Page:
One important point to note about New Zealand is that, even in early February, nearly 10 percent of its sequenced cases are the delta variant, not omicron. This means pre-omicron covid remains a significant problem in New Zealand. Some people getting seriously ill from covid will have the more severe variant without knowing that.
Denmark, Sweden, Austria
In recent months, on the covid front, we have heard much more about Denmark and Austria than about Sweden. Certainly, amongst Western Europeans, there is a general proclivity in Scandinavia to keep government health mandates are short as possible; and Scandinavians have generally been the most resistant in Western Europe to facemask wearing, but less resistant to vaccination.
In Denmark, we can easily see the seasonal flu peaks in February and March. There was no flu season in the winter of 1919/20. Covid came like a late flu in March/April 2020, and various public health measures substantially reduced the scale of this alt-flu outbreak, making it the equivalent – for mortality purposes – of a small wave of epidemic flu. The peak was higher than indicated, because covid mortality was offset by non-covid non-mortality. We note that there was a significant summer flu outbreak in 2018; these summer waves are not uncommon in other countries, and appear to be driven by high people-mobility in July and August.
In December/January 2020/21, covid came as an early flu, with public health measures again offsetting the covid mortality. The public health measures came off in April, leading to a few months of early-summer normalcy.
The covid-delta wave came in July, as natural immunity was waning, and when many Danes were still unvaccinated (although a larger percentage of Danes were vaccinated – and recently vaccinated – in July 2021 than people in most other countries). Death rates continued to be well-above normal for the rest of 2021, though these were for the most part not counted as Coviddeaths. Many of these will have been people who would have passed in early 2020 or early 2021 had these been normal flu years. (Certainly age data for covid deaths in Denmark in later 2021, not shown here, supports this view.)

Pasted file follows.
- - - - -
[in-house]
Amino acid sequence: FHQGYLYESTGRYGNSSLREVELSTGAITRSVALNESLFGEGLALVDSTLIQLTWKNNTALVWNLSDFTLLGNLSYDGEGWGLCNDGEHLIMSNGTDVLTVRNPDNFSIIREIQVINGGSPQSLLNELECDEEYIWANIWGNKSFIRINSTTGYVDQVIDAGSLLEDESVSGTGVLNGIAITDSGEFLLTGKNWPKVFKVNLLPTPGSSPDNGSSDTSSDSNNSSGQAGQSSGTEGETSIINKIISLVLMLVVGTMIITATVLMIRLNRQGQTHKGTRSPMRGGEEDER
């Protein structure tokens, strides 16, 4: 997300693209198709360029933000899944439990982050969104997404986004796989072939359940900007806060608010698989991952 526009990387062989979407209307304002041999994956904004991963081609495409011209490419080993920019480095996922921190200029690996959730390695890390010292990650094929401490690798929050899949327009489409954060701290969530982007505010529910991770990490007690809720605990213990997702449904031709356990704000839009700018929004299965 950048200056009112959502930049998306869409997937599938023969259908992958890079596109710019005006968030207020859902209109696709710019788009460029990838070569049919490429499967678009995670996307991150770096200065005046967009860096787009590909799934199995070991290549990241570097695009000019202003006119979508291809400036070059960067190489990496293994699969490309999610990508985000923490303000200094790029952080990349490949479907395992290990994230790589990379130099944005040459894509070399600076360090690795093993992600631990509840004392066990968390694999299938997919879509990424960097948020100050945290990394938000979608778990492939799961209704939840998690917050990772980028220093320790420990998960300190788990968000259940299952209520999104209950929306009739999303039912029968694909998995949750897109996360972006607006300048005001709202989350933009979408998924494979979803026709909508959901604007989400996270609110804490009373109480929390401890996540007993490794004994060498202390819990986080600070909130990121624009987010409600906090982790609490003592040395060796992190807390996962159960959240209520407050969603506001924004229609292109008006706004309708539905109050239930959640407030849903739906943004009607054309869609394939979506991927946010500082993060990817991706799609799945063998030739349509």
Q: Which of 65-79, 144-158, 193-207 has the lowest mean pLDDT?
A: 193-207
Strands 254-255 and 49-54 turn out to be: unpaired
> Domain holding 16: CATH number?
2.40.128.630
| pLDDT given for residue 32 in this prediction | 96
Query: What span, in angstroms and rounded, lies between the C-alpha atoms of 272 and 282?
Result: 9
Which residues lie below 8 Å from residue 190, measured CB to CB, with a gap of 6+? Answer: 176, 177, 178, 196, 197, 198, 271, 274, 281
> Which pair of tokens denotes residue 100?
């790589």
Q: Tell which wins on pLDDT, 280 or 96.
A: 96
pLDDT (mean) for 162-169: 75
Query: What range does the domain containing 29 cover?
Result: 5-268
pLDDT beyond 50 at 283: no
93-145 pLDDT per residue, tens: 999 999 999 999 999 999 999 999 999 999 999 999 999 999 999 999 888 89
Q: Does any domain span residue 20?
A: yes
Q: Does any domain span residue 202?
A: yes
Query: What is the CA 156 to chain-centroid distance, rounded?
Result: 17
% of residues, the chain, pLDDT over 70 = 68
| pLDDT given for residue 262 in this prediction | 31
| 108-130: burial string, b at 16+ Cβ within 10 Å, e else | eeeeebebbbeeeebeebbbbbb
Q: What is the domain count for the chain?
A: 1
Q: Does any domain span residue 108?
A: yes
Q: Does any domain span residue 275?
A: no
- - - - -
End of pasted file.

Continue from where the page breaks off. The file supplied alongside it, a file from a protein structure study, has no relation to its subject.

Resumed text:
For Sweden, we see the same epidemic flu episodes as Denmark, but not the 2019 one. So Sweden had had two winters of no flu ‘cull’. That will be one reason why Sweden had more covid deaths – again, overwhelmingly in the oldest age cohort, in April 2020 than Denmark. (So many who died in April 2020 would normally have died earlier from epidemic flu.) The other reason is that Sweden took few public health measures; in particular Sweden was very late to embark on mass covid-testing, and thus residential care homes got substantial covid outbreaks. In particular, the protracted downside of the April/May 2020 outbreak was linked to Sweden not going into lockdown.
The winter 2020/21 outbreak in Sweden was bigger than in Denmark (again mainly due to the lack of non-covid non-deaths which arise from lockdowns in particular), though smaller than for most other West European countries (eg see Austria below). Important for Sweden is that excess deaths for May 2021 were noticeable fewer than for Denmark. And Sweden is the country – more than any other, which rejected the mandatory use of facemasks – and indeed for which the voluntary use of facemasks was reputedly low. Sweden’s resilience during the covid-delta outbreak was stunning, with the mid-winter peak being almost the same as a typical flu peak.